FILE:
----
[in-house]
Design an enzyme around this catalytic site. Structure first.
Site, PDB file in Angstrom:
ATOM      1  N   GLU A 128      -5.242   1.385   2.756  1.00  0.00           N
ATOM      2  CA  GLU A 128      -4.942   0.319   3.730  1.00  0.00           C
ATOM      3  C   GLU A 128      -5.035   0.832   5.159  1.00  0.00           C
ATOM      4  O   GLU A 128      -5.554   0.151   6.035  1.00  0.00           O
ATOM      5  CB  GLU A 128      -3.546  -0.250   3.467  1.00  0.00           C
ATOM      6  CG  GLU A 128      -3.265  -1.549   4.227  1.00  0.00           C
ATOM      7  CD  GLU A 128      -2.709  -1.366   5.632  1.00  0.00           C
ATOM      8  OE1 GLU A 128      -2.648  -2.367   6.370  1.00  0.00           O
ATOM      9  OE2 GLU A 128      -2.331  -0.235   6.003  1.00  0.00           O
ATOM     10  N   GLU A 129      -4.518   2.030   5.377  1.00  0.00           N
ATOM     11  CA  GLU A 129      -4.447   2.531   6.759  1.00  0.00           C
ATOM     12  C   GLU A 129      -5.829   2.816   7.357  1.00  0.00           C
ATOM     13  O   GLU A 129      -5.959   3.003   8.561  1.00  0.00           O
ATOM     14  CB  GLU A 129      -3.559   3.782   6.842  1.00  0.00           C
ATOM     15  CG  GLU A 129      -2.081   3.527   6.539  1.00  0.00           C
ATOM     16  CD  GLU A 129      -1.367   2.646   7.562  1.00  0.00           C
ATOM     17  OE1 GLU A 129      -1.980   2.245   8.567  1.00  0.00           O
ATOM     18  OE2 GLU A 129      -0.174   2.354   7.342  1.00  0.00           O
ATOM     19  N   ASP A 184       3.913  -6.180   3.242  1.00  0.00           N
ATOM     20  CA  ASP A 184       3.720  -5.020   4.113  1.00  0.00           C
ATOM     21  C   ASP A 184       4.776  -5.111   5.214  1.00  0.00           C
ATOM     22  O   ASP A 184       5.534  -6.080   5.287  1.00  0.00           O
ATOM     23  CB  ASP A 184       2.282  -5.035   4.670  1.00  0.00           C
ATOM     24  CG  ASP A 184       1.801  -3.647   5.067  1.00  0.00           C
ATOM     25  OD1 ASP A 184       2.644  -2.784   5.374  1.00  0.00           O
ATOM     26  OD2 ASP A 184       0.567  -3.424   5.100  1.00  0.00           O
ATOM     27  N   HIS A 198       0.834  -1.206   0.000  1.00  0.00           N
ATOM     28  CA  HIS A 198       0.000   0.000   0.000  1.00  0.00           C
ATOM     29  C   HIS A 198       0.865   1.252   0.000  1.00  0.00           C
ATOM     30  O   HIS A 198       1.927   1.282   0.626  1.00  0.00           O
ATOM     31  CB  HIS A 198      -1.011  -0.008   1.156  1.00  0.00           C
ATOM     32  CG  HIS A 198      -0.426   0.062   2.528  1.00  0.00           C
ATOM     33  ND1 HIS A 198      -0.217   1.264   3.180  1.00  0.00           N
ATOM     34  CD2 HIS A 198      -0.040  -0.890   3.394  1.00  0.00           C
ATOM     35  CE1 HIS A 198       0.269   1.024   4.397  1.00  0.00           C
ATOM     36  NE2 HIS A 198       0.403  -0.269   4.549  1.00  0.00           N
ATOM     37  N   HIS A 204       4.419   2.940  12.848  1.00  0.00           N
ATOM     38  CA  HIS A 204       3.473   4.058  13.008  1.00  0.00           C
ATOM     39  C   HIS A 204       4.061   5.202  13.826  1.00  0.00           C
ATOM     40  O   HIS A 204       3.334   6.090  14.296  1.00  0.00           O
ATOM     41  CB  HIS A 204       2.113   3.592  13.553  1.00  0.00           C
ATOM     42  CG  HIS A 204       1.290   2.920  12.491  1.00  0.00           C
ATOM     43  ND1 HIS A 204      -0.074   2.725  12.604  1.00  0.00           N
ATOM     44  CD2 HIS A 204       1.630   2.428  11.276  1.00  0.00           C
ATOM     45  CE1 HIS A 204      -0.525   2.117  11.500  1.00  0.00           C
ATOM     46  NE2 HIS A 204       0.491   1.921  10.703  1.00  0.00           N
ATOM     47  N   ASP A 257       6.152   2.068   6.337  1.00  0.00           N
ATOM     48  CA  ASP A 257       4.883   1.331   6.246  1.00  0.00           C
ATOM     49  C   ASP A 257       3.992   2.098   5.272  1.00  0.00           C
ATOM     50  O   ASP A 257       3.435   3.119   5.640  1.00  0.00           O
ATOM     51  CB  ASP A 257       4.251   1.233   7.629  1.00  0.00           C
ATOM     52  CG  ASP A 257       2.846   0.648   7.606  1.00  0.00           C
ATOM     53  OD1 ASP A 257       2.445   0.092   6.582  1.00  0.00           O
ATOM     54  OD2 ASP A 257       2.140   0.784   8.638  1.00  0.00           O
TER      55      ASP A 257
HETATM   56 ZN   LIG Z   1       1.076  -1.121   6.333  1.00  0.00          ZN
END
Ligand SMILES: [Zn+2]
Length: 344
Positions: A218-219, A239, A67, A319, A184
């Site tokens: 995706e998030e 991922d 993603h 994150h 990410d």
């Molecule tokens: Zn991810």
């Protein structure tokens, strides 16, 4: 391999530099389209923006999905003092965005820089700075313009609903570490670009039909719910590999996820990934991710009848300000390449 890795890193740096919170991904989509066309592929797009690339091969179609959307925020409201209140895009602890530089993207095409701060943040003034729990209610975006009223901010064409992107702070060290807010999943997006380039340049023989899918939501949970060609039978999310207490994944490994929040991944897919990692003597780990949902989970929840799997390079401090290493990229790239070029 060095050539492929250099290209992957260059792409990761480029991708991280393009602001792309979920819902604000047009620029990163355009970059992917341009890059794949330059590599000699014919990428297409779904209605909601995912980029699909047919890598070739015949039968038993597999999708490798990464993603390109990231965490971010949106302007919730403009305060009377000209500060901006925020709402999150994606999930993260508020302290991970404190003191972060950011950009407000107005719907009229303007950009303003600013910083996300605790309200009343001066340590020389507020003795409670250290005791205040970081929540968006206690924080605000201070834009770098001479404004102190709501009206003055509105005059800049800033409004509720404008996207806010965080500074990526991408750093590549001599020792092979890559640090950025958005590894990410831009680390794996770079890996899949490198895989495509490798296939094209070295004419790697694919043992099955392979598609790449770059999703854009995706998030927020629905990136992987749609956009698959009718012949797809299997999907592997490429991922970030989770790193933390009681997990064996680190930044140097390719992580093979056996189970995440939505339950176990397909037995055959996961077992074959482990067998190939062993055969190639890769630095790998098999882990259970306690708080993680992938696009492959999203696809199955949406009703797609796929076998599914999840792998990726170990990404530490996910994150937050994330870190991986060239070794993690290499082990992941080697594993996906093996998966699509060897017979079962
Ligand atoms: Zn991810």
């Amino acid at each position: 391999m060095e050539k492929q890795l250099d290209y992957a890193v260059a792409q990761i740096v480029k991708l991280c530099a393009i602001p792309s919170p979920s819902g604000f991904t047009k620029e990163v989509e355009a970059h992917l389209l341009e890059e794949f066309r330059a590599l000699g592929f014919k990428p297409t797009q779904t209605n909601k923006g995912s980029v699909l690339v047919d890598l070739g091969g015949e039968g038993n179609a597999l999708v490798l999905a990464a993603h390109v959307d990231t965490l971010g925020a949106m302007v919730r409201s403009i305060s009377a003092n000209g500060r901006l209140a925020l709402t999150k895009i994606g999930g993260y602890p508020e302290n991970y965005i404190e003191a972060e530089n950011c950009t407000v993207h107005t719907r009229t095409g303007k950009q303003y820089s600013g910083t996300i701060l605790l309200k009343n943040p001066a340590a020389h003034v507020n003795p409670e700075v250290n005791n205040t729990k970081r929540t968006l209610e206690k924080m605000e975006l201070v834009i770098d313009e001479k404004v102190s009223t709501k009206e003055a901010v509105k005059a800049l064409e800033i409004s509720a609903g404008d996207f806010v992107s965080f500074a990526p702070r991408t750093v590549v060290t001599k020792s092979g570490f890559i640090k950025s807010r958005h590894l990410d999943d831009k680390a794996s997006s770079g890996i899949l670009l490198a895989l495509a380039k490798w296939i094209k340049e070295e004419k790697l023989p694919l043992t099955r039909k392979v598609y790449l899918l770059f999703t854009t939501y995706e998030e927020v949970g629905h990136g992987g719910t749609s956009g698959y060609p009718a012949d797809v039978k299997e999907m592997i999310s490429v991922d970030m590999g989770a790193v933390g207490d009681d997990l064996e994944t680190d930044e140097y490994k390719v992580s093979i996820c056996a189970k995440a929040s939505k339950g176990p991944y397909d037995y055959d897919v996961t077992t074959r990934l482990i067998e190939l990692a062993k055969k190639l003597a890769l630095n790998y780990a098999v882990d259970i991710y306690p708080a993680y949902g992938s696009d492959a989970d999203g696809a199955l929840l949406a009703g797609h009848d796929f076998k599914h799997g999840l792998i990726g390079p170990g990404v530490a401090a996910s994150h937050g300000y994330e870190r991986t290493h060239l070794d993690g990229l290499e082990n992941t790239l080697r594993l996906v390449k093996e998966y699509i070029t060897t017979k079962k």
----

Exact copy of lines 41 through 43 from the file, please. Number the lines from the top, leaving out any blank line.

ATOM     38  CA  HIS A 204       3.473   4.058  13.008  1.00  0.00           C
ATOM     39  C   HIS A 204       4.061   5.202  13.826  1.00  0.00           C
ATOM     40  O   HIS A 204       3.334   6.090  14.296  1.00  0.00           O